TVA's biggest backers fighting a proposed sale of the federal utility like the agency's power but not necessarily its financial standing.
Tennessee's U.S. senators claim the Tennessee Valley Authority is probably worth less than the debt it owes, which for most businesses would land them in bankruptcy court.
But TVA is no ordinary business.
As America's biggest government-owned utility created during the Great Depression by President Franklin Roosevelt, TVA is an independent federal corporation and enjoys at least the implied backing of Uncle Sam. Such government ownership and support, combined with TVA's ability to raise its customer rates at its own discretion, give TVA a top bond rating and the ability to borrow money for less than similar investor-owned utilities.
In his annual budget proposal last month, President Barack Obama proposed a strategic review of TVA that could lead to selling the U.S.-owned power company to cut the federal debt by at least $24 billion and "help put the nation on a sustainable fiscal path."
But Tennessee's U.S. senators insist that selling the 80-year-old New Deal agency wouldn't do much to cut the federal debt.
"While unfortunate but true, TVA as a going concern today is probably worth less than its debt and its rates have become increasingly less competitive, so if the goal is deficit reduction, I doubt this idea gains much traction," U.S. Sen. Bob Corker, R-Tenn., said.
U.S. Sen. Lamar Alexander, R-Tenn., calls the budget proposal to privatize TVA "one more bad idea among many" in the president's budget.
"It will probably cost the federal government money to sell it, after you deduct the TVA debt, and it will probably raise electric rates in the Tennessee Valley, which is the last thing that we need," Alexander told reporters in Chattanooga this week.
TVA top officials insisted Friday the agency has true value -- both in what it does and in what its balance sheet shows.
TVA reported Friday that it earned $54 million on sales of $2.7 billion during the fiscal quarter ended March 31. In the same period a year ago, TVA lost $94 million on sales of under $2.6 billion.
TVA's new CEO, Bill Johnson, came to the federal utility from Progress Energy and Duke Energy in North Carolina. He said Friday there is a role for public power and TVA helps limit electricity prices in its seven-state service territory.
"We believe that the TVA model is a good one and the lowest cost model for carrying out TVA's mission," Johnson said.
TVA is meeting with OMB officials to help the administration conduct its strategic review of TVA, but Johnson said he is unsure of the schedule for any report or recommendations.
"We are a creation of the government and will work collaboratively and completely in that review," he said.
Johnson said the OMB study could help determine the market value and financial status of TVA. But he affirmed Friday the utility's balance sheet showing TVA has assets of nearly $47 billion, or nearly twice its statutory debt.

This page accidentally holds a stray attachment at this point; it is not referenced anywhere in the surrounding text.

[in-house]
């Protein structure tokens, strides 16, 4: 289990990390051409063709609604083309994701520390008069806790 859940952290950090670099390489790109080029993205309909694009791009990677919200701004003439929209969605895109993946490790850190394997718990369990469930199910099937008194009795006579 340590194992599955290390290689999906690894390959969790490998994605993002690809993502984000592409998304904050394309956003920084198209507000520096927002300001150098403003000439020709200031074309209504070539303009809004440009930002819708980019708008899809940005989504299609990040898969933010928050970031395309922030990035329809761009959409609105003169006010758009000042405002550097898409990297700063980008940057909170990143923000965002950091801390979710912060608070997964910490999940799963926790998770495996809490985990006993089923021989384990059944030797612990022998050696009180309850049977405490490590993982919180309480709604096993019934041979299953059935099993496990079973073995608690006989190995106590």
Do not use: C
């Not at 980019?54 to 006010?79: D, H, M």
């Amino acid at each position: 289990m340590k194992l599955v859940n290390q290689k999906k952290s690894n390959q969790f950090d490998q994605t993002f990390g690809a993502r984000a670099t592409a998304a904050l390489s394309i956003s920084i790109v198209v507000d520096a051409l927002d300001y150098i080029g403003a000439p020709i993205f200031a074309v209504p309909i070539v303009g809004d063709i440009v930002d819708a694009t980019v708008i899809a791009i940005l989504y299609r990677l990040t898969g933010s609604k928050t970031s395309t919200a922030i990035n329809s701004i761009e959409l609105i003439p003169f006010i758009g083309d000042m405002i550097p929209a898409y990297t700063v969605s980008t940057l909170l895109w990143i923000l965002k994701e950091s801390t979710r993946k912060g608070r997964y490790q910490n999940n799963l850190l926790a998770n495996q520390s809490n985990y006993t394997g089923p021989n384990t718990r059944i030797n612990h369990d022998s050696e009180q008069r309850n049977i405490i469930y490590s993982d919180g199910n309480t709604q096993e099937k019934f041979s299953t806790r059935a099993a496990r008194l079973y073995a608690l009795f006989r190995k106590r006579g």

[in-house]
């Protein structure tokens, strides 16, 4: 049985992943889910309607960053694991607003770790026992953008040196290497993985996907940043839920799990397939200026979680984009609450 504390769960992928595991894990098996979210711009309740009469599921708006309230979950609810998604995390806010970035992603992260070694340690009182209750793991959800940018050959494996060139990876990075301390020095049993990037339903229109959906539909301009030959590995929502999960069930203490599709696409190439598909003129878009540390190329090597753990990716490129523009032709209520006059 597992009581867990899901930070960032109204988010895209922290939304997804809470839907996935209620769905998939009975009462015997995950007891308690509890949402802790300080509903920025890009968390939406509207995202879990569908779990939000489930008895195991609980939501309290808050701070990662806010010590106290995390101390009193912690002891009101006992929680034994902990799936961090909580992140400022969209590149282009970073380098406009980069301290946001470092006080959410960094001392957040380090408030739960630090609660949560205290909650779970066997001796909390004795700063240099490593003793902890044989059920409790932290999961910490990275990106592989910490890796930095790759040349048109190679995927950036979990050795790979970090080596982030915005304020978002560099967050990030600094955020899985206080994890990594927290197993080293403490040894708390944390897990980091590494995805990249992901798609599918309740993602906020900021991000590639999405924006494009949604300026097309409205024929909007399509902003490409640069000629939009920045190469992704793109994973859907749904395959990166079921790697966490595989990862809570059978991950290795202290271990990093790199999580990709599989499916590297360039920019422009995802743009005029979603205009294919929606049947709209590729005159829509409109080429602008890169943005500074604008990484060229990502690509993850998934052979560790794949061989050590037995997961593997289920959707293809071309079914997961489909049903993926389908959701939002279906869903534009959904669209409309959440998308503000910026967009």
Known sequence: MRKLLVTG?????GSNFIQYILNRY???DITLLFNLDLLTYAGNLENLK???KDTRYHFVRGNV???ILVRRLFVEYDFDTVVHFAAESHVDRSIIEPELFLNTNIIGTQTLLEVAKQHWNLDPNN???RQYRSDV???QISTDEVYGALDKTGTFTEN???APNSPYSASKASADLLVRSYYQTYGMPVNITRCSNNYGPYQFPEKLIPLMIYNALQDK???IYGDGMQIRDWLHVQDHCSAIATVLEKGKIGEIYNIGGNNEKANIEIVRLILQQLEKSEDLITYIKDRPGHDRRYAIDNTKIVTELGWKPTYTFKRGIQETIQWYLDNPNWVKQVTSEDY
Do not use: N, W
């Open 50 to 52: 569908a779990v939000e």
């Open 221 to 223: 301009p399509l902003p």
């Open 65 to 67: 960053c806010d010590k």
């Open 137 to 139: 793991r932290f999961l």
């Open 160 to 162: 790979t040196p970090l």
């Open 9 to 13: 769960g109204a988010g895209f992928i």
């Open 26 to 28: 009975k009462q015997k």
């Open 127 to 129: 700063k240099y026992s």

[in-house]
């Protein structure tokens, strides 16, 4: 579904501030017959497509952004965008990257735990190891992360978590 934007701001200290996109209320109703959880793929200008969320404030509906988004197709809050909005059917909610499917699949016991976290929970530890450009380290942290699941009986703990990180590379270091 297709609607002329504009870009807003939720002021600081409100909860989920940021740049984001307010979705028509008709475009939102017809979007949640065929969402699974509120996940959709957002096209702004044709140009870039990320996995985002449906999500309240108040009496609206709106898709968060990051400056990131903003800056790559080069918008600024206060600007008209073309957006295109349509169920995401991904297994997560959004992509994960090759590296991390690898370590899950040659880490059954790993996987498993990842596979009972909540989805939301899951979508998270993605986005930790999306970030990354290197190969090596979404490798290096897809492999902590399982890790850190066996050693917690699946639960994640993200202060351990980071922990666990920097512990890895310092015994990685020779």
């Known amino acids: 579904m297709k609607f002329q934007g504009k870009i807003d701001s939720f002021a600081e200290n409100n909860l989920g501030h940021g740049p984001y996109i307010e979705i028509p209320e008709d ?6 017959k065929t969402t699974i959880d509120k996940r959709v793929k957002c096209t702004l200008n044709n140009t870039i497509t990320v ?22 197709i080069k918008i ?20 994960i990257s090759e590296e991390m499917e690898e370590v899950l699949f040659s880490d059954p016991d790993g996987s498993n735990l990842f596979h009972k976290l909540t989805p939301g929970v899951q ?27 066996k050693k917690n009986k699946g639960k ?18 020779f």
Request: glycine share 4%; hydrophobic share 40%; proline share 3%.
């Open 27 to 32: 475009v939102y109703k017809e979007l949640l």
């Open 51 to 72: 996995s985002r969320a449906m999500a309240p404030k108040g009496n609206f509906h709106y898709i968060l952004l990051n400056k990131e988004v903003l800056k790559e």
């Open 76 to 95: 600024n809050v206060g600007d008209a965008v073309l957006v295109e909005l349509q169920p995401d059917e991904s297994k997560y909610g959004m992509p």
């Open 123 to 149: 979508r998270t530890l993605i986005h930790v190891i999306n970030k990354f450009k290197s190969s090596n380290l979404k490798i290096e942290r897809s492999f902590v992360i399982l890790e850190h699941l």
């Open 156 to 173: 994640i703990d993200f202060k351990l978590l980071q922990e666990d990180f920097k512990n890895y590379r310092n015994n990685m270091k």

Credit rating agencies also reaffirmed their top bond rating for the Tennessee Valley Authority following meetings with TVA executives in New York last week. Nonetheless, Johnson said the OMB proposal to consider selling TVA could still raise borrowing costs for the federal utility later this year.
"The announcement has affected the spread on our bonds in the bond market, although there hasn't been a lot of activity with our bonds," he said. "The impact of all this should become apparent later in the year because we do have a significant amount of refinancing to do by the end of the fiscal year."
TVA Chief Financial Officer John Thomas said more than $2 billion of debt could be refinanced by TVA this fall at lower rates, but he said the uncertainty caused by the OMB proposal is likely to boost rates TVA will pay.
Alexander said talk about selling TVA has already raised TVA borrowing expenses.
"It would be much more responsible for the Obama administration to have private conversations with members of Congress about any financial concerns about TVA," Alexander said. "The only effect of this is to already raise the cost of borrowing more money for TVA and pushing up electricity rates."
Dave Flessner is the business editor for the Times Free Press. A journalist for 35 years, Dave has been business editor and projects editor for the Chattanooga Times Free Press, city editor for The Chattanooga Times, business and county reporter for the Chattanooga Times, correspondent for the Lansing State Journal and Ingham County News in Michigan, staff writer for the Hastings Daily Tribune in Nebraska, and news director for WCBN-FM in Michigan. Dave, a native ...